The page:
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The Lincoln Continental has accomplished its mission for 1999: That mission, according to Lincoln-Mercury, is to provide "exemplary comfort and ride quality in a highly maneuverable sedan with distinctive styling." The Continental does all that and does it with its own interpretation of what a luxury car should be.
That interpretation includes the latest in electronic technology: Suspension damping and steering effort are controlled electronically by the driver. A high-tech instrument panel provides improved legibility, while computer controls allows owners to tailor their Continentals to their driving style and environment. These whiz-bang electronics are not intrusive, however, as owners can choose to use them or ignore them, relax and enjoy the cruise. Either way, driving the Continental is a satisfying experience.
The Continental delivers on the promise of comfort, ride quality, handling-and performance. The 32-valve V8 provides plenty of power to move this 3,868-pound sedan with authority. Merging on to the freeway is easy. Passing on two-lane roads is never an issue. The Cadillac Seville still has an edge in the acceleration department, however, with 300 horsepower and 295 foot-pounds of torque at 4400 rpm.
In spite of its size, the Continental does not feel heavy, unwieldy or sloppy when going down the road. And while it is roomy inside, the design of the instrument panel, the real wood accents, and the leather work together to provide an intimate interior that we found most pleasant.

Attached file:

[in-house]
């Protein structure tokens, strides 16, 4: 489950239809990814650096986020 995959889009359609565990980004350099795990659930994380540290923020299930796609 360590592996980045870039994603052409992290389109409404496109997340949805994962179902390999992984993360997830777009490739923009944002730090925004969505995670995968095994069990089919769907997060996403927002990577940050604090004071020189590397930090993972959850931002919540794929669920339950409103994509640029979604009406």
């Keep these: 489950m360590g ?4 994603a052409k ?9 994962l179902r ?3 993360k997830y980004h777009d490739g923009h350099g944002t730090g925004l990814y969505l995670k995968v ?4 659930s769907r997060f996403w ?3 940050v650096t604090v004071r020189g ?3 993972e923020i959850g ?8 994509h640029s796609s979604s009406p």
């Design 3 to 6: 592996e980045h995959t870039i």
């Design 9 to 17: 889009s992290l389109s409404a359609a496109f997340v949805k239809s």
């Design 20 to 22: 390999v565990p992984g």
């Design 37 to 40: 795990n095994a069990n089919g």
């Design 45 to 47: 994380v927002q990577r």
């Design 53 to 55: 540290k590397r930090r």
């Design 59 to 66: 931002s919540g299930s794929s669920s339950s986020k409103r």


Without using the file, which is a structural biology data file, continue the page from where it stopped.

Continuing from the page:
The semi-active suspension with adjustable ride should appeal to owners who want more control and driving excitement. On the highway we preferred the firm setting for a more controlled feel. On rough roads we liked the plush setting for absorbing bumps, potholes and vibration. Adjusting the steering effort between high and low effort is most noticeable in tight maneuvering, such as turning into a driveway. On the highway, the speed-sensitive rack-and-pinion steering automatically increases steering effort for improved road feel.
Overall, the Continental is tuned toward traditional American tastes. It does not feel as taut as a BMW or Mercedes, but the adjustable steering and suspension allow an owner to dial in some of that European feel.
The Lincoln Continental is a luxury car in every sense of the word. It offers a distinctive exterior design and a cozy, integrated interior. There is plenty of power available and its over-the-road manners are impeccable.
If more luxury car shoppers would take a Continental for a test drive, Lincoln would sell more of these cars.